In particular I am aware of the Author’s work on alter theories which are mentioned in this paper. Let me comment on this point more carefully. In general an alter-theory is built as an associated theory to any existing axiomatic theory with recursive set of axioms, consistent and logically independent. Then one can negate one or more of these axioms which leads to the variety of possible alter theories. It is quite surprising that such set of alter-theories can be used as a tool for exploring the original theory. I think that this is also very nontrivial construction regarding existence in mathematics and possibly in philosophy. This also sheds some light on a would-be formal theory for ontology (at least in mathematics). To explain these points let me consider a model *M* of ZF(C). Then one can modify slightly the procedure of building an alter-theory: It relies rather on creating both the (model of a) theory and the (model of the) alter-theory. Historically such an approach has been realized by forcing extensions of *M*. There typically appear independent sentences on ZF(C) in the extensions, e.g. continuum hypothesis in one extension and its negation in the other. One extension can be seen as the model for a theory and the other for the alter-theory. One can ask the question: Is there anything fundamental for mathematics in the entire procedure of creating the pairs (Theory, Alter-theory) as above? Recent results of Joel Hamkins (e.g. [20]) show that the entire structure of the set of such forcing extensions (partial order) is a fundamental entity in mathematics, called the multiverse. The best recognized multiverse is the one where the initial model *M* is countable transitive and the forcing extensions are just Cohen extensions. The true challenge would be to recognize the multiverse starting from the constructible universe **L**. But the ultimate goal would be to investigate the multiverse corresponding to the universe *V* of sets of von Neumann. By now it remains among very ambitious, though beyond current possibilities, aims of the approach. In this way the procedure of passing to the pairs (Theory, Alter-theory) by means of forcing extensions appears as fundamental in foundations of mathematics. Finally, the categorification of the multiverse is possible and would lead to another interesting connections between CT, set theory and foundations of mathematics.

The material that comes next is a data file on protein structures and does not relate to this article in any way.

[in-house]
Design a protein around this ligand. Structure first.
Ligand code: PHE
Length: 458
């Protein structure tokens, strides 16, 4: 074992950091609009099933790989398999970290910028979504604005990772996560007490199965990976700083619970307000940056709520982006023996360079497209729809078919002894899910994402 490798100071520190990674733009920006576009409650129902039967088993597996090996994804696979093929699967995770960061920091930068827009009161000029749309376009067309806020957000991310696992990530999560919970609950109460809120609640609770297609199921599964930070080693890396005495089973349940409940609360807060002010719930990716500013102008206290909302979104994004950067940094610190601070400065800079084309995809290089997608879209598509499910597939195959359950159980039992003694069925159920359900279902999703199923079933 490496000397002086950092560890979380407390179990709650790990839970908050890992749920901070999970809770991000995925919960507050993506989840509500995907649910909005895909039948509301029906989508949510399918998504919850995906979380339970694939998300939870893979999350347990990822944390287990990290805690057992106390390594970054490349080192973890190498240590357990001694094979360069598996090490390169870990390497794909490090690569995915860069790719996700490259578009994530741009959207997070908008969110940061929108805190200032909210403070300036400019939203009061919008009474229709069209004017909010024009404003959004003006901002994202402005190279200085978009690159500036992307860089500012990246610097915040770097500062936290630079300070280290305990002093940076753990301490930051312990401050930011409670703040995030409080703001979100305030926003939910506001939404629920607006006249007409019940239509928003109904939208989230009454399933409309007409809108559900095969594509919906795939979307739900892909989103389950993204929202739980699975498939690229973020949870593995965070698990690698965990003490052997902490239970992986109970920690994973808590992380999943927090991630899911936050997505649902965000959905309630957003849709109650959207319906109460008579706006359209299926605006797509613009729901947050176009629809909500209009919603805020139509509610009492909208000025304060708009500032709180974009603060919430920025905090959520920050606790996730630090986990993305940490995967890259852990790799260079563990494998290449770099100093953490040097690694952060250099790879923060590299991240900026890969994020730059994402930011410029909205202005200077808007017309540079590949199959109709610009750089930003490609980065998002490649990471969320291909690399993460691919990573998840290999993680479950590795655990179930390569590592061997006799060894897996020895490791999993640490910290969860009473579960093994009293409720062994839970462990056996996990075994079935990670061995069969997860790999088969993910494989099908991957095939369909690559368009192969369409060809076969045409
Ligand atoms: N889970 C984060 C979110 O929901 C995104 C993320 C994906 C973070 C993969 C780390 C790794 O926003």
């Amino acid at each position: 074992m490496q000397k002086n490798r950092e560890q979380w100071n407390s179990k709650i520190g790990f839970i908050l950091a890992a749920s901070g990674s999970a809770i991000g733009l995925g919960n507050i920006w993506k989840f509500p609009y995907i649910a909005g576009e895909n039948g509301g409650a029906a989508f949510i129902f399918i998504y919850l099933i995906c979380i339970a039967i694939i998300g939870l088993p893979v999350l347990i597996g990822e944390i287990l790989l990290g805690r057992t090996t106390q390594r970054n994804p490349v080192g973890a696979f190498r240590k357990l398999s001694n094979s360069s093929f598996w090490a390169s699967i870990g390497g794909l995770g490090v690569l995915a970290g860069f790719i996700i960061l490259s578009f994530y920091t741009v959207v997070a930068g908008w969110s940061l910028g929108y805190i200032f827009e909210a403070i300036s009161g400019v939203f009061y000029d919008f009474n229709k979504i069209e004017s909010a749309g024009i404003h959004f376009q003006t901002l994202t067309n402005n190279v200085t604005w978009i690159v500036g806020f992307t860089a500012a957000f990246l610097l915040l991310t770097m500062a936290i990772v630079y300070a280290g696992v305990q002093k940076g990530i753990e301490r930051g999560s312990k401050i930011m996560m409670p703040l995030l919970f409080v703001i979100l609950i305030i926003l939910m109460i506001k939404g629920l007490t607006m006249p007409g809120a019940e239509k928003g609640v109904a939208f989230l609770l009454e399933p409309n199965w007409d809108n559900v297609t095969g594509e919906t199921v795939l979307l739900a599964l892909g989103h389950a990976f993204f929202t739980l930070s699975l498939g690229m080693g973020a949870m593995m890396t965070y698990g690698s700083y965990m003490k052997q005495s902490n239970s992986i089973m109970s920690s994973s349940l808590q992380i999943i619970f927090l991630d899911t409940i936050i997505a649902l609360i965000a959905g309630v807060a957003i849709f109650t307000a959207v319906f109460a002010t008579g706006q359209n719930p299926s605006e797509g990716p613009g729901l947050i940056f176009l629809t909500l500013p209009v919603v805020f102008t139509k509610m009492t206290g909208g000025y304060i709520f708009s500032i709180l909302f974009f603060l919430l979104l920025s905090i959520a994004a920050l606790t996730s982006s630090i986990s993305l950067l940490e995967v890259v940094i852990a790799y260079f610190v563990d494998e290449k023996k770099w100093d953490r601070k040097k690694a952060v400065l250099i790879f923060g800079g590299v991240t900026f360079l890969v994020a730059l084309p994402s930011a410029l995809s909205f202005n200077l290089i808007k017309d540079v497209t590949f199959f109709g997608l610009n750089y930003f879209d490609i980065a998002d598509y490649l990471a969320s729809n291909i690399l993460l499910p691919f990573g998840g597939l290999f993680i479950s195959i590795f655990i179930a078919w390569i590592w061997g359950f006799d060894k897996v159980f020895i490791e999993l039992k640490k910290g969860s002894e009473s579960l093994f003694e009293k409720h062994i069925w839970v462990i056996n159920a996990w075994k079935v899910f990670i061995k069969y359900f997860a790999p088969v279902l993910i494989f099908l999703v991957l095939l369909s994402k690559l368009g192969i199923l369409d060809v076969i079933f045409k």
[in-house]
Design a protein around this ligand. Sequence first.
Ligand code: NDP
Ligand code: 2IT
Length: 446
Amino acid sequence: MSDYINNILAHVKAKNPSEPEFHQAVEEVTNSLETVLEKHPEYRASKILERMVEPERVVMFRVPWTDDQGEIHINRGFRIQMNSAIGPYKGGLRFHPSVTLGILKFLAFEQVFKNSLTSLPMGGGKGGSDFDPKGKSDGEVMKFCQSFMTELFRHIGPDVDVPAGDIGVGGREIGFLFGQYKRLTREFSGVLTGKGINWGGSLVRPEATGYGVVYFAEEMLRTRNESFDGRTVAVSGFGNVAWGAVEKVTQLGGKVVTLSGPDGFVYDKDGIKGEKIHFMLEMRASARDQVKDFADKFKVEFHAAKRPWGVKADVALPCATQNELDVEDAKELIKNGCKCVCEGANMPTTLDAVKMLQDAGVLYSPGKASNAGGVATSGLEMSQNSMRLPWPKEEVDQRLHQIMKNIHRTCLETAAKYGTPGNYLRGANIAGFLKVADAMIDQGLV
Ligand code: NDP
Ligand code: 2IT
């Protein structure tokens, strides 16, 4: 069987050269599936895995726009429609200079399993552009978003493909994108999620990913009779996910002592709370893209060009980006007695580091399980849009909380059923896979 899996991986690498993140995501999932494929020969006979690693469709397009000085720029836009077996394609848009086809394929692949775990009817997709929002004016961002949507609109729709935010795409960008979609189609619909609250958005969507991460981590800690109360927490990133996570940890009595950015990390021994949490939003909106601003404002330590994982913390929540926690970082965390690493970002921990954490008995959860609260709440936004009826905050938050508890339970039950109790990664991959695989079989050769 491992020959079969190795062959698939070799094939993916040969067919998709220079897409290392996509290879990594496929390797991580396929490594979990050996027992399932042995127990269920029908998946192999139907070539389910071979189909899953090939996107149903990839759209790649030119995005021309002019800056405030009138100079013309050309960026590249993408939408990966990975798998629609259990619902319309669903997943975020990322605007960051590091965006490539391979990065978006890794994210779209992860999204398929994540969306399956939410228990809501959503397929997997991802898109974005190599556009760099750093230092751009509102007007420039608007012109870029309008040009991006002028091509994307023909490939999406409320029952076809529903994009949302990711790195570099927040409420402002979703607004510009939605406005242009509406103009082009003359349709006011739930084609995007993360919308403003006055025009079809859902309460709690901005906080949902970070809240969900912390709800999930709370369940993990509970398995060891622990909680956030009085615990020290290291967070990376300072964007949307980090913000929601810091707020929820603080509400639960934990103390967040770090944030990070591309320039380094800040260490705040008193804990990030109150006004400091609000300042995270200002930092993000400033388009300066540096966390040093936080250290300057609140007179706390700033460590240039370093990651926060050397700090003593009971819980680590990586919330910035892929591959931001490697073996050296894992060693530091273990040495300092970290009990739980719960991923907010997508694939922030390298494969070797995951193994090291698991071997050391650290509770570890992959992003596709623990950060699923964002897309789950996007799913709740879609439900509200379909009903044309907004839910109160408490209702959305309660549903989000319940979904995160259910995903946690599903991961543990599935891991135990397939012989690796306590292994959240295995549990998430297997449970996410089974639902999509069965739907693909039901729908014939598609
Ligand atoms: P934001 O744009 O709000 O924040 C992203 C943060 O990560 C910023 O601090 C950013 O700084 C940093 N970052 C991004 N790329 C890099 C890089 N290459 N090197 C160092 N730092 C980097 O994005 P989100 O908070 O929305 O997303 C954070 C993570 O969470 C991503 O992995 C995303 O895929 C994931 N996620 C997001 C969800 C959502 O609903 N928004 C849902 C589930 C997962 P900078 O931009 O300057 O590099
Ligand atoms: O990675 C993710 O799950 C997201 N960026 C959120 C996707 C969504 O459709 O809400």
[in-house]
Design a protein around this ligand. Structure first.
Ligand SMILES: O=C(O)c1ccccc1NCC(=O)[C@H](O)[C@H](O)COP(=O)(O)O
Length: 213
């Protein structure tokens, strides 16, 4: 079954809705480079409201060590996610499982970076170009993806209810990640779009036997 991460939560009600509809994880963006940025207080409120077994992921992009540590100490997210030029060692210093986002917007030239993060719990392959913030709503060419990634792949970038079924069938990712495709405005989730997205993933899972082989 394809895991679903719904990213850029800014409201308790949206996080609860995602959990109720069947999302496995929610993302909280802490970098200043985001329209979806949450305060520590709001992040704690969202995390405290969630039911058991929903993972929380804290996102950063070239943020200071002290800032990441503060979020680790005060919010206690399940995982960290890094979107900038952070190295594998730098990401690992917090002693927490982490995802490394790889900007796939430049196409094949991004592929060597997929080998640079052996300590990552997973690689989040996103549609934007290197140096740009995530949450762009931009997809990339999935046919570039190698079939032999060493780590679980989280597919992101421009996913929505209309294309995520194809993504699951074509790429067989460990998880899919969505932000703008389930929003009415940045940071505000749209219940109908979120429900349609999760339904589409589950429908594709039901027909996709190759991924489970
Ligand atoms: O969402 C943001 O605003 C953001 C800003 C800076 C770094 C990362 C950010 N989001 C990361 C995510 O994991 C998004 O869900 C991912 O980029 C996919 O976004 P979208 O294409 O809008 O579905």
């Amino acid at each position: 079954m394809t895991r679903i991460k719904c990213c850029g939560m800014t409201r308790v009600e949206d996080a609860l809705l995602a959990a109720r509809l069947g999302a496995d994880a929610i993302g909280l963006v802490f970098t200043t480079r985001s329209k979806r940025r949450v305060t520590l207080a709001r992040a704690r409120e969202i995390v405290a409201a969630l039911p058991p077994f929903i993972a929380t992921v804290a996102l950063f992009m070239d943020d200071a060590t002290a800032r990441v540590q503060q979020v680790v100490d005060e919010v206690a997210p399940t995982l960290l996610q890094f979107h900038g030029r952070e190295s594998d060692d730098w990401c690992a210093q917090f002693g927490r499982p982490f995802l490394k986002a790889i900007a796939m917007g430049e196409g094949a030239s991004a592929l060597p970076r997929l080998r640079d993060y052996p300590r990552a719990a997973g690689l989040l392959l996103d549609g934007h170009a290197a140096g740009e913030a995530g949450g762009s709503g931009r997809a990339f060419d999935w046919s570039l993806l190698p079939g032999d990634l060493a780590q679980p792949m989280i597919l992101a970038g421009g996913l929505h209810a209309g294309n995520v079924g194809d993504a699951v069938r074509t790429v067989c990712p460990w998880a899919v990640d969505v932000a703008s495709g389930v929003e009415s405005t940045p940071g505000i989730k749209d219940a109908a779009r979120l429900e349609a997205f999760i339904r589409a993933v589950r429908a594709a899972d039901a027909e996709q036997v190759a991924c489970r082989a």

Regarding existence in mathematics let us make a simple observation: Given ZF(C) model *M* we can add extra axioms which leads to the more powerful capabilities for proving the existence of certain objects. The profound example is that of the large cardinal axioms added to ZF(C). Then one can prove the existence of things such as \(0^{\#}\). They correspond to real numbers which are not present in any forcing extension of *M* but exist in \(\mathbb {R}\) in *V* under suitable large cardinal hypothesis (LC). Without LC, \(0^{\#}\) does not exist. Another example is the constructible axiom \(V=\mathbf{L }\) added to ZFC. In such models, nonconstructible reals certainly do not exist and their existence relates again to LC when \(\mathbf{L }\subset V\) (under \(\mathbf{L }\ne V\)).